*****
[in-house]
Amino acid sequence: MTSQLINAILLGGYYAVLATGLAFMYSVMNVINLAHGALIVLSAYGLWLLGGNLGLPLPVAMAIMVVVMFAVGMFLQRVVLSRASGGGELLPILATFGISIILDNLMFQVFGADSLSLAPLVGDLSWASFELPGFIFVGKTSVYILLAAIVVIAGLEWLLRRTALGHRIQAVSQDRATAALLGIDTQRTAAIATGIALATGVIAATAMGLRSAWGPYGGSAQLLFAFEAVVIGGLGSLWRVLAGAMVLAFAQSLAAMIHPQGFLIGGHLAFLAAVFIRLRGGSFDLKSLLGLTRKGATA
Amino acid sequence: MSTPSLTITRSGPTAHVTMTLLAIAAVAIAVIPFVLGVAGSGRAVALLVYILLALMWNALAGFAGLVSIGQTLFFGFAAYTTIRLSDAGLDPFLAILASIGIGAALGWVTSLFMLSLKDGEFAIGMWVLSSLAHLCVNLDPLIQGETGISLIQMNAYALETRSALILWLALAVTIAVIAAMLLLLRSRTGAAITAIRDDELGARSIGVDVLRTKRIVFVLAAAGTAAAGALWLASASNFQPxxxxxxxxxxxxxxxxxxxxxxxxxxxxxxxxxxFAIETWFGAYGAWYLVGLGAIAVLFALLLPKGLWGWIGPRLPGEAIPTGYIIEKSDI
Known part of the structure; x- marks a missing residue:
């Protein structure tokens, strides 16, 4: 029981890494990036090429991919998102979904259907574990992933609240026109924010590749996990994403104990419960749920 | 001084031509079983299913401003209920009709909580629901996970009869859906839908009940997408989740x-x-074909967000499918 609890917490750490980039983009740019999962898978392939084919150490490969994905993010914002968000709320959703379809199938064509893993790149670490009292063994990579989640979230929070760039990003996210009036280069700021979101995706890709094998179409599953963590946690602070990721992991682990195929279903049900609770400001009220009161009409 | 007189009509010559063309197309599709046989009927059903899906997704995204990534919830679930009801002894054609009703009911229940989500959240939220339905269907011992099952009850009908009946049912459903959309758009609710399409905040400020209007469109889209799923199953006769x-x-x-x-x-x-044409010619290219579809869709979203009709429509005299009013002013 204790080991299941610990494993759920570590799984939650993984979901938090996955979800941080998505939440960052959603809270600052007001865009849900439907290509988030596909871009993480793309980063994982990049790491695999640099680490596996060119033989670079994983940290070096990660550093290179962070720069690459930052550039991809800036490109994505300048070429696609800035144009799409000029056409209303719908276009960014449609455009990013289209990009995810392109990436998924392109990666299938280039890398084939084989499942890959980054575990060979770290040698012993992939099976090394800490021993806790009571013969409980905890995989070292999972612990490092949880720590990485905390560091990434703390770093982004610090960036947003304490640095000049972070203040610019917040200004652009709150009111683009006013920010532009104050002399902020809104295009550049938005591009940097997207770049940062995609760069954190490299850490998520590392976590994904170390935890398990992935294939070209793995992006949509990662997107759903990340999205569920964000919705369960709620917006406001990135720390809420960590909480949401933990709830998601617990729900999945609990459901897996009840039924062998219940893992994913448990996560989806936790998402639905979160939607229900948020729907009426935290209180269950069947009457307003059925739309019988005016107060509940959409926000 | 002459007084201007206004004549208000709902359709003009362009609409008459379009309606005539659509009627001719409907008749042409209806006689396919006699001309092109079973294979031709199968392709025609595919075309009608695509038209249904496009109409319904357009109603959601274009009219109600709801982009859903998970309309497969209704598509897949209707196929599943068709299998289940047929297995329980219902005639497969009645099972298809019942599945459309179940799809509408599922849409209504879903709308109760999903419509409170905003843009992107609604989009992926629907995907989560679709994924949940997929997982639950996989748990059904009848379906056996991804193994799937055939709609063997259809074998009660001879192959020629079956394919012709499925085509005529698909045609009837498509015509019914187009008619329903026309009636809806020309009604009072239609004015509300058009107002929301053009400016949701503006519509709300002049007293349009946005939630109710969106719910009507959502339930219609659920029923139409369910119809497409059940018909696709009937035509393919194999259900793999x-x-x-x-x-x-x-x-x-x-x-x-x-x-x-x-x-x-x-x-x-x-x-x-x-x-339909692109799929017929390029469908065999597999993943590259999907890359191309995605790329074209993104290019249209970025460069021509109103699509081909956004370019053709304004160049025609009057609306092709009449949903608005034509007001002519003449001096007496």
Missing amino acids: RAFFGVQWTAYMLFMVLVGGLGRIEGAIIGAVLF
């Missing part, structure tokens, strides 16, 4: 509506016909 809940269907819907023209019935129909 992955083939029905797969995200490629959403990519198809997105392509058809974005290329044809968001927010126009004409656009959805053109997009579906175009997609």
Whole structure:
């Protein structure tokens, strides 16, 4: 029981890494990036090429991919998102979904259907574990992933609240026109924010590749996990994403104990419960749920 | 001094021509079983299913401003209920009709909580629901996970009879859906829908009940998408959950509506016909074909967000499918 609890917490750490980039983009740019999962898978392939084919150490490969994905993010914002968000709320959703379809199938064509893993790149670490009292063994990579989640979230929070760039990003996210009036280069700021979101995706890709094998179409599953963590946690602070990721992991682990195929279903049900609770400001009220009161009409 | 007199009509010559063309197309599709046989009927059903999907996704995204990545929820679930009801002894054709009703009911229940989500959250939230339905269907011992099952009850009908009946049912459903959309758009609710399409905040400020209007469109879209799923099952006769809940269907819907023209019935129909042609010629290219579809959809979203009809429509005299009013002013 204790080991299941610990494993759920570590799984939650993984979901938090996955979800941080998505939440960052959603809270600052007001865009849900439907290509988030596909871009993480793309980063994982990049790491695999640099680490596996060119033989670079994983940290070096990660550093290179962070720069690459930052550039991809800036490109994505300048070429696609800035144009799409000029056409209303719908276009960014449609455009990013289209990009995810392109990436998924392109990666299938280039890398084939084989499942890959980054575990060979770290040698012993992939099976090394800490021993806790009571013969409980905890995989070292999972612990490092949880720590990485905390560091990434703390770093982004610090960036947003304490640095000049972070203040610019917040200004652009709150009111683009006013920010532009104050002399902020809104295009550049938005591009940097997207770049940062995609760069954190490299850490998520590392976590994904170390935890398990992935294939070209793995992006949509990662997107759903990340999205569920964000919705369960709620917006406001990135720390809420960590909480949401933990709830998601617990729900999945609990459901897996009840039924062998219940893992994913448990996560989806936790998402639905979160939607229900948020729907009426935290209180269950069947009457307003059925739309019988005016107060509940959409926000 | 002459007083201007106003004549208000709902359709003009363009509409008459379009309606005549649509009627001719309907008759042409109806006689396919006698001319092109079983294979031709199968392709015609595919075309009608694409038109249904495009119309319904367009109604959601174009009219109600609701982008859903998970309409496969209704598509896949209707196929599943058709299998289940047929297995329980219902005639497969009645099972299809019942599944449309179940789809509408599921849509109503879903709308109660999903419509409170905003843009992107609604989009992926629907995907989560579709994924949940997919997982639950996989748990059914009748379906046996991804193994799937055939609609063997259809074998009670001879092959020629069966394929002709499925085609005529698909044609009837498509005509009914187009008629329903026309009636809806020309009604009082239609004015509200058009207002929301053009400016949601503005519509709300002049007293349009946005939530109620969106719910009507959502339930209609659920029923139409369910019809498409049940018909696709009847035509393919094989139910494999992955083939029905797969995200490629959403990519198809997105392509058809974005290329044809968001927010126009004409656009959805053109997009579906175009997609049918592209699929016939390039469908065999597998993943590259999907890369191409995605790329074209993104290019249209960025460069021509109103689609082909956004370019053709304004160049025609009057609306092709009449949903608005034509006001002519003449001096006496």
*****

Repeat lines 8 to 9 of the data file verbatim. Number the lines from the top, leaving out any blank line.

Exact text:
Whole structure:
């Protein structure tokens, strides 16, 4: 029981890494990036090429991919998102979904259907574990992933609240026109924010590749996990994403104990419960749920 | 001094021509079983299913401003209920009709909580629901996970009879859906829908009940998408959950509506016909074909967000499918 609890917490750490980039983009740019999962898978392939084919150490490969994905993010914002968000709320959703379809199938064509893993790149670490009292063994990579989640979230929070760039990003996210009036280069700021979101995706890709094998179409599953963590946690602070990721992991682990195929279903049900609770400001009220009161009409 | 007199009509010559063309197309599709046989009927059903999907996704995204990545929820679930009801002894054709009703009911229940989500959250939230339905269907011992099952009850009908009946049912459903959309758009609710399409905040400020209007469109879209799923099952006769809940269907819907023209019935129909042609010629290219579809959809979203009809429509005299009013002013 204790080991299941610990494993759920570590799984939650993984979901938090996955979800941080998505939440960052959603809270600052007001865009849900439907290509988030596909871009993480793309980063994982990049790491695999640099680490596996060119033989670079994983940290070096990660550093290179962070720069690459930052550039991809800036490109994505300048070429696609800035144009799409000029056409209303719908276009960014449609455009990013289209990009995810392109990436998924392109990666299938280039890398084939084989499942890959980054575990060979770290040698012993992939099976090394800490021993806790009571013969409980905890995989070292999972612990490092949880720590990485905390560091990434703390770093982004610090960036947003304490640095000049972070203040610019917040200004652009709150009111683009006013920010532009104050002399902020809104295009550049938005591009940097997207770049940062995609760069954190490299850490998520590392976590994904170390935890398990992935294939070209793995992006949509990662997107759903990340999205569920964000919705369960709620917006406001990135720390809420960590909480949401933990709830998601617990729900999945609990459901897996009840039924062998219940893992994913448990996560989806936790998402639905979160939607229900948020729907009426935290209180269950069947009457307003059925739309019988005016107060509940959409926000 | 002459007083201007106003004549208000709902359709003009363009509409008459379009309606005549649509009627001719309907008759042409109806006689396919006698001319092109079983294979031709199968392709015609595919075309009608694409038109249904495009119309319904367009109604959601174009009219109600609701982008859903998970309409496969209704598509896949209707196929599943058709299998289940047929297995329980219902005639497969009645099972299809019942599944449309179940789809509408599921849509109503879903709308109660999903419509409170905003843009992107609604989009992926629907995907989560579709994924949940997919997982639950996989748990059914009748379906046996991804193994799937055939609609063997259809074998009670001879092959020629069966394929002709499925085609005529698909044609009837498509005509009914187009008629329903026309009636809806020309009604009082239609004015509200058009207002929301053009400016949601503005519509709300002049007293349009946005939530109620969106719910009507959502339930209609659920029923139409369910019809498409049940018909696709009847035509393919094989139910494999992955083939029905797969995200490629959403990519198809997105392509058809974005290329044809968001927010126009004409656009959805053109997009579906175009997609049918592209699929016939390039469908065999597998993943590259999907890369191409995605790329074209993104290019249209960025460069021509109103689609082909956004370019053709304004160049025609009057609306092709009449949903608005034509006001002519003449001096006496």